Monday, April 28, 2014

Words that warn

     Somewhere in a high school English class was a small topic that intrigues me still -- "questions that expect the answer 'yes'."  A door opened.  Letting me see that what we say has expectations as well as information. In graduate school math classes we considered the warning word "obviously" -- in a proof, it was likely to mean "I'm sure it's true but am not able to explain."
     As I muse today about language I am wondering how unsaid words affect the population of women in mathematics, affect the numbers (too small) of women publishing mathematics.  Thinking about this in the light of a wonderful time on Saturday greeting visitors to an AWM (Association for Woman in Mathematics) booth at the biennial USA Science and Engineering Festival.  Temple University professor and AWM member Irina Mitrea did an amazing job planning and coordinating  the AWM booth where hundreds of young people got some hands-on experience with secret codes and ciphers.
     My thoughts noted above have led me to the poem "Elliptical" by Harryette Mullen, offered below.   While not filled with mathematical terminology, Mullen's poem reminds us how (elsewhere, as in mathematics) words sometimes intend much more than they say.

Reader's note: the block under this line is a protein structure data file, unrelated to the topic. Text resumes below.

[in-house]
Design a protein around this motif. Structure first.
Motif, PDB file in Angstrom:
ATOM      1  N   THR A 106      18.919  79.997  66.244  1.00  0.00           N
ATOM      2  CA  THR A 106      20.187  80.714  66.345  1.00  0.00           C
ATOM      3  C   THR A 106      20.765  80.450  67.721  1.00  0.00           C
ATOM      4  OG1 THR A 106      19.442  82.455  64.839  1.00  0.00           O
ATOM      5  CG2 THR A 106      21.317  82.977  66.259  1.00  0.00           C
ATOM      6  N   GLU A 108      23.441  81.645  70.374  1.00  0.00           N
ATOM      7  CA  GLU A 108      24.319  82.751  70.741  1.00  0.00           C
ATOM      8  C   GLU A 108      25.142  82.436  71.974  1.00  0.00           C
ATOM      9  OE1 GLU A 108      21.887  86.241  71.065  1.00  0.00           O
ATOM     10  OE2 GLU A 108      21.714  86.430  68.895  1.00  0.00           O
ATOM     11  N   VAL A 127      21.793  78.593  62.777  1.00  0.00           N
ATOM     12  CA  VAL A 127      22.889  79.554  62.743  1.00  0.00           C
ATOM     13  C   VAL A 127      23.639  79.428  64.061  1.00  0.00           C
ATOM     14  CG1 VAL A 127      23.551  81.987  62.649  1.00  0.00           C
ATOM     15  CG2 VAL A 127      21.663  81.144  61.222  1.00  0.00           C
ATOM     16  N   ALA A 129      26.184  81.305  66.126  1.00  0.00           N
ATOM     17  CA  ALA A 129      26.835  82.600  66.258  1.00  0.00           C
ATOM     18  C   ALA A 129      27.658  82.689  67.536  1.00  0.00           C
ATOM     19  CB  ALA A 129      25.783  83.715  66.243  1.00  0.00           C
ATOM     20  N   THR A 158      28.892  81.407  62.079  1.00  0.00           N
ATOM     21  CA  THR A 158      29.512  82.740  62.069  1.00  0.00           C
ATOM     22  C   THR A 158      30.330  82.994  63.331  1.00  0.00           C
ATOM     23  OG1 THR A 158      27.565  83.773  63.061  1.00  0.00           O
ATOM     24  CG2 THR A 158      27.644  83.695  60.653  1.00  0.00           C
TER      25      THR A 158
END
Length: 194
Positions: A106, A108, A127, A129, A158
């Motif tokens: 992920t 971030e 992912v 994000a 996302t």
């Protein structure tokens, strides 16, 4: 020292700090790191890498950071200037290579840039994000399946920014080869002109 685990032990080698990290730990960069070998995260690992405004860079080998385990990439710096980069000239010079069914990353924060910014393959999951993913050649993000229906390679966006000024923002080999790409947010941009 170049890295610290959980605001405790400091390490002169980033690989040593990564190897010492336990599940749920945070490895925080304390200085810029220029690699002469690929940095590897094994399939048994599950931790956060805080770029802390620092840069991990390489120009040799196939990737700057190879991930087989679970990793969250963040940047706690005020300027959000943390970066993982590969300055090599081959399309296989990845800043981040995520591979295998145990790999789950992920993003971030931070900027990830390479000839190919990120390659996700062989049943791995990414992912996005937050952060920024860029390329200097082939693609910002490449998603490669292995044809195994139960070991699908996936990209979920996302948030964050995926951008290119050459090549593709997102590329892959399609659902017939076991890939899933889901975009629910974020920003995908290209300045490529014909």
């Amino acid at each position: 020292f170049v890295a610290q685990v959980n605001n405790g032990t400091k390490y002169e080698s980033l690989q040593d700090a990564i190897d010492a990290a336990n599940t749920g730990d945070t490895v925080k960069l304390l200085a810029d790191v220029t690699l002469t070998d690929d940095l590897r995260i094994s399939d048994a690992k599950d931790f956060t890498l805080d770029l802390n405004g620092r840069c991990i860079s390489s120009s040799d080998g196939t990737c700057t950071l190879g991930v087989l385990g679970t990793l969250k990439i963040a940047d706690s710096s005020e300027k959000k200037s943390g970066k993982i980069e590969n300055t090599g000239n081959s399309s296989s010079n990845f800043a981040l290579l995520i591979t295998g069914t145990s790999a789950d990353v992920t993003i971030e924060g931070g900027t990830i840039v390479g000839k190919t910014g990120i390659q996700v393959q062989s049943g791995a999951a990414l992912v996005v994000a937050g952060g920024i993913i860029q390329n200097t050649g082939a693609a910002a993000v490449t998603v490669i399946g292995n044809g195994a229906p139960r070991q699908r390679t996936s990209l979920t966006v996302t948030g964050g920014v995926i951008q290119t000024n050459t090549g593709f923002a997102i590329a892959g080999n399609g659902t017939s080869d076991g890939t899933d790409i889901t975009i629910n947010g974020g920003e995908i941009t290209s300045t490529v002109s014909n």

Elliptical     by Harryette Mullen

They just can’t seem to . . . They should try harder to . . . They ought to be more . . . We all wish they weren’t so . . . They never . . . They always . . . Sometimes they . . . Once in a while they . . . However it is obvious that they . . . Their overall tendency has been . . . The consequences of which have been . . . They don’t appear to understand that . . . If only they would make an effort to . . . But we know how difficult it is for them to . . . Many of them remain unaware of . . . Some who should know better simply refuse to . . . Of course, their perspective has been limited by . . . On the other hand, they obviously feel entitled to . . . Certainly we can’t forget that they . . . Nor can it be denied that they . . . We know that this has had an enormous impact on their . . . Nevertheless their behavior strikes us as . . . Our interactions unfortunately have been . . .

I found Mullen's poem at -- it's from her collection Sleeping with the Dictionary (University of California Press, 2002).

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